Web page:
While speaking, try to move around a little – but not excessively – just enough to get people's attention. If you want to make more of an impact, move towards your audience before making a key point and make sure that you make eye contact with them. Don't look just at one or two people, though – your gaze should move seamlessly across different people in the audience. Similarly, when you are changing the subject or want to signal a break, move away from the audience. Use space effectively to reinforce your ideas.
For example, if you are presenting a number of different topics within a single presentation, move into a different physical position while talking about each of them. If there is sufficient space, move to a different area of the podium while you are talking about different things. When you combine physical pauses with the right amount of movement, you end up making more of an impact.
7. For a decisive look, rotate your palms down
Any gestures you make with your palms exposed indicate that you're open and willing to discuss a particular point. However, when you position your palms down, it's an indication that you're not open to any discussion. Many people use this technique whenever they have a strong opinion about something. Placing both of your hands and palms down on or just above the conference table (or any other surface, depending on where your presentation is) indicates authority as well.
8. Widen your stance
Widening your stance is crucial if you want to look dynamic. Also, keep in mind that your voice doesn't just come from your mouth, it is projected from your whole body. So, in order to become a much more dynamic speaker, make sure to stand with your feet hip-width apart and firmly planted on the floor, and your weight evenly distributed.
This is often referred to as the "power posture". As you open up your body and fill in more space, you will find that your confidence is getting a distinct boost. Some studies have also shown that when you spend more time in such a posture, it increases testosterone, pain tolerance, risk-taking and your belief in your own leadership abilities. In addition, this broad stance automatically calms down your nervous system, helping you to breathe with ease and it amplifying your voice.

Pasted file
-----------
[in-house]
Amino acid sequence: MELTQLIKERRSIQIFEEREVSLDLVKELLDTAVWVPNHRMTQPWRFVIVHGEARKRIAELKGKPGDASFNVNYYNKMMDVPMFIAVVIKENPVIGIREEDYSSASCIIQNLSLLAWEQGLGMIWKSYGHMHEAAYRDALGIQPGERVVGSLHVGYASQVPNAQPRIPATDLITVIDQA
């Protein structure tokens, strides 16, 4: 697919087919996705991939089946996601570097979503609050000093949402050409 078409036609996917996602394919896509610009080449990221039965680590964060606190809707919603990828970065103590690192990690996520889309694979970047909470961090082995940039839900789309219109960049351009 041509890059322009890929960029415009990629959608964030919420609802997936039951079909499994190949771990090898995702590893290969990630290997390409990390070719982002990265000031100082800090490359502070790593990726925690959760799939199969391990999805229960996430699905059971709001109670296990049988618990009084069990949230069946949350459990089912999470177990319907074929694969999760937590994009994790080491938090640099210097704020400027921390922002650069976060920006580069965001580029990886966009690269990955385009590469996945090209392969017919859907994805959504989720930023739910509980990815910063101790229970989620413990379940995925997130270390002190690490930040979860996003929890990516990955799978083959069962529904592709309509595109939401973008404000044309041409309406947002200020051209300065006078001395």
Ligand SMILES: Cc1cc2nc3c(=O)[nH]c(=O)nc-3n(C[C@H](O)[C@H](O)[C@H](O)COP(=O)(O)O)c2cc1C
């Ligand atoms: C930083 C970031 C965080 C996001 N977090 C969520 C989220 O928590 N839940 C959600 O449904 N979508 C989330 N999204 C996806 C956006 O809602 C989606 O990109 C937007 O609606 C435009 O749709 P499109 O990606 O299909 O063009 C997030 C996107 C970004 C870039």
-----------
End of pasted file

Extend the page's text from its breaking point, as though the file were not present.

9. Use hand-held devices smartly
You may not realise this, but even the size of the computer you are using in the presentation can actually change your posture (and consequently, your behaviour). You are more likely to be confident when you spend time in an open posture using a PC or laptop. Using a phone-sized device or a tablet only constricts your posture and can have a negative impact on your confidence.
As you can see from the tips above, there are a number of factors that can affect your body language. It may not always be easy, but when you know what these factors are, you can learn to control them and control the way you express yourself, move and gesticulate.
Do you have any other tips on how to use body language to improve your presentation? Let us know in the comments below!